[Taxacom] Fwd: challenge to Endangered species status of American Burying Beetle

Kenneth Kinman kinman at hotmail.com
Tue Mar 15 21:46:45 CDT 2016

      The decline of the American burying beetle is sometimes linked with the extinction of the passenger pigeon.  Billions of passenger pigeons (with a very similar geographic range) certainly would have provided a huge amount of carrion that this burying beetle needs to reproduce.  But I would think the decline could also be correlated with the decline of other similarly sized carrion as well.   In any case, I doubt that removing them from endangered species status can be scientifically justified.                                  But such decisions are not always based on science, but economic factors (especially jobs).  And when it comes to insects, the public is likely to be more concerned about the decline of monarch butterflies or even honey bees, but carrion beetles are a much tougher sell.  The only endangered carrion dependent species in North America that has much public support seems to be the California condor (not particularly attractive, but it is a bird).                    It's hard to get much widespread sympathy for a lowly carrion insect.  So the oil industry might eventually win this one.  I must admit that if I HAD to choose between the survival of those two insects, the monarch butterfly would win my vote.  But it would be nice if we could save both.                         -------------Ken

To: entomo-l at listserv.uoguelph.ca; ECN-L at listserv.unl.edu; taxacom at mailman.nhm.ku.edu
From: dyanega at ucr.edu
Date: Tue, 15 Mar 2016 13:13:21 -0700
Subject: [Taxacom] Fwd: challenge to Endangered species status of American Burying Beetle

Forwarded with Mark's consent:
-------- Forwarded Message --------
Subject: 	[Nhcoll-l] Endangered species status of American Burying Beetle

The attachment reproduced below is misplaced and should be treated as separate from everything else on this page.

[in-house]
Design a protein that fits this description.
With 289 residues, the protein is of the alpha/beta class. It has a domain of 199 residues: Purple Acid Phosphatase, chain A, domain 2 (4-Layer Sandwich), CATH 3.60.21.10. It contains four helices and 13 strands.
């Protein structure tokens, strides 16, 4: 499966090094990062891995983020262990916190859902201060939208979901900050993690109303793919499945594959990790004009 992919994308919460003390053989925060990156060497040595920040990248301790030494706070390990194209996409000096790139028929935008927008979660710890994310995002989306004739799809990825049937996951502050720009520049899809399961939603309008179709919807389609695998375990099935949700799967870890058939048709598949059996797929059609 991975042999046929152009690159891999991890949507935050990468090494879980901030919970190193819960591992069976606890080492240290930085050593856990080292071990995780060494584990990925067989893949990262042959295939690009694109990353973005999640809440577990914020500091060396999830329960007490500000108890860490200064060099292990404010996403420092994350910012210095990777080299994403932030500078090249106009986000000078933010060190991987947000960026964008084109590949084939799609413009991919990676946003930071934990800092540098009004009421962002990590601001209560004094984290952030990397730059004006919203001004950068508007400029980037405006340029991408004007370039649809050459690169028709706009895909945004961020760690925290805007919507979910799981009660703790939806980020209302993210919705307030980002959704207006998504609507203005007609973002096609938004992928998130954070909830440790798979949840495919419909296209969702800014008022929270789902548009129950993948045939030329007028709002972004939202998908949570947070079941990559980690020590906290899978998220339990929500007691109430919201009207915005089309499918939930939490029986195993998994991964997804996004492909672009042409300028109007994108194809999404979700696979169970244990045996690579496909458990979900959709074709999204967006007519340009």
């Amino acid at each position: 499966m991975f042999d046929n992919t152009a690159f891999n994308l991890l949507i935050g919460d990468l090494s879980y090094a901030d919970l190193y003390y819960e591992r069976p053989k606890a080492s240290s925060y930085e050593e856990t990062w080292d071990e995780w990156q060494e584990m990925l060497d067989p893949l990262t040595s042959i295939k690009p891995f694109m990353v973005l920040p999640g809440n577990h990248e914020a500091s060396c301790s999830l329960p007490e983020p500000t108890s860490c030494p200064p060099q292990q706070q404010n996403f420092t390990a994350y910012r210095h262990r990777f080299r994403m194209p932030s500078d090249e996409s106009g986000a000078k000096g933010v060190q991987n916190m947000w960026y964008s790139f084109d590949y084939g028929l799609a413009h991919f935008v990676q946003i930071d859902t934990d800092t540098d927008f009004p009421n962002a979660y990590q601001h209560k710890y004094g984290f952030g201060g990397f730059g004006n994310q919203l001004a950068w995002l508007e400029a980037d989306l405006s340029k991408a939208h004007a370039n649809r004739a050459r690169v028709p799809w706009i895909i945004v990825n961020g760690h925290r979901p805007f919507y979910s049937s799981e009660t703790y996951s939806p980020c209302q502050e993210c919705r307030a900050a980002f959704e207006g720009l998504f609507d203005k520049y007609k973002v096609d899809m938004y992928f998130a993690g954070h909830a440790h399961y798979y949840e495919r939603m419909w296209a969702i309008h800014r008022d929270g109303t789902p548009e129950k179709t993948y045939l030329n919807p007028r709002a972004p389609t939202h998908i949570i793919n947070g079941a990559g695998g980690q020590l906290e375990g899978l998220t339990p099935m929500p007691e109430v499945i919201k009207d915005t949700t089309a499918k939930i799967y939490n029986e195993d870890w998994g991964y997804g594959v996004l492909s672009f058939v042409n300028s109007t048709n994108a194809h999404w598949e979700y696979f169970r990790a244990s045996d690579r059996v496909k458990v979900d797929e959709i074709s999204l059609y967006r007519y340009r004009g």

Date: 	Tue, 15 Mar 2016 11:52:29 -0400
From: 	Mark O'Brien <mfobrien at umich.edu>
To: 	nhcoll-l at mailman.yale.edu <nhcoll-l at mailman.yale.edu>
It appears that there is a petition to remove the American Burying 
Beetle  from the Endangered species list as seen in a recent petition, 
all related to the oil industry. American Stewards of Liberty is 
well-known for trying to remove endangered species from listings. The 
petitioners all have ties with the oil industry, and all are based in Texas.
Fish and Wildlife Service
50 CFR Part 17
Endangered and Threatened Wildlife and Plants; 90-Day Findings on 29 
Evaluation of a Petition to Remove the American Burying Beetle from the 
List of
Endangered and Threatened Wildlife
Additional information regarding our review of this petition can be 
found as an appendix
at http://www.regulations.gov 
under Docket No. FWS-R2-€“ES-2016-€“0011 under the Supporting
Documents section.
Species and Range
American burying beetle (Nicrophorus americanus): Arkansas, Kansas, 
Missouri, Nebraska, Oklahoma, Rhode Island, South Dakota, and Texas
Petition History
On August 18, 2015, we received a petition dated August 18, 2015, via 
electronic mail
from American Stewards of Liberty, the Independent Petroleum Association 
of America, the
Texas Public Policy Foundation, and Dr. Steven W. Carothers 
(petitioners) requesting that the
American burying beetle be delisted under the Act due to error in 
information such that the
existence or magnitude of threats to the species, or both, do not 
support a conclusion that the
species is at risk of extinction now or in the foreseeable future. The 
petition clearly identified
itself as a petition and included the requisite identification 
information for the petitioner, as
required by 50 CFR 424.14(a). This finding addresses the petition.
Based on our review of the petition and sources cited in the petition, 
we find that the
petition presents substantial scientific or commercial information 
indicating that the petitioned
action (delisting) may be warranted for the American burying beetle 
(Nicrophorus americanus),
based on a lack of threats under any of the five listing factors. 
However, during our status
review, we will thoroughly evaluate all potential threats to the 
species, including the extent to
which any protections or other conservation efforts have reduced those 
threats. Thus, for this
species, the Service requests any information relevant to whether the 
species falls within the
definition of either an endangered species under section 3(6) of the Act 
or a threatened species
under section 3(20), including information on the five listing factors 
under section 4(a)(1) and
any other factors identified in this finding (see Request for 
Information for Status Reviews,
Mark F. O'Brien, Collection Manager
Insect Division, Museum of Zoology
The University of Michigan
1109 Geddes Avenue
Ann Arbor, MI 48109-1079
See us on Facebook! https://www.facebook.com/museumofzoology 

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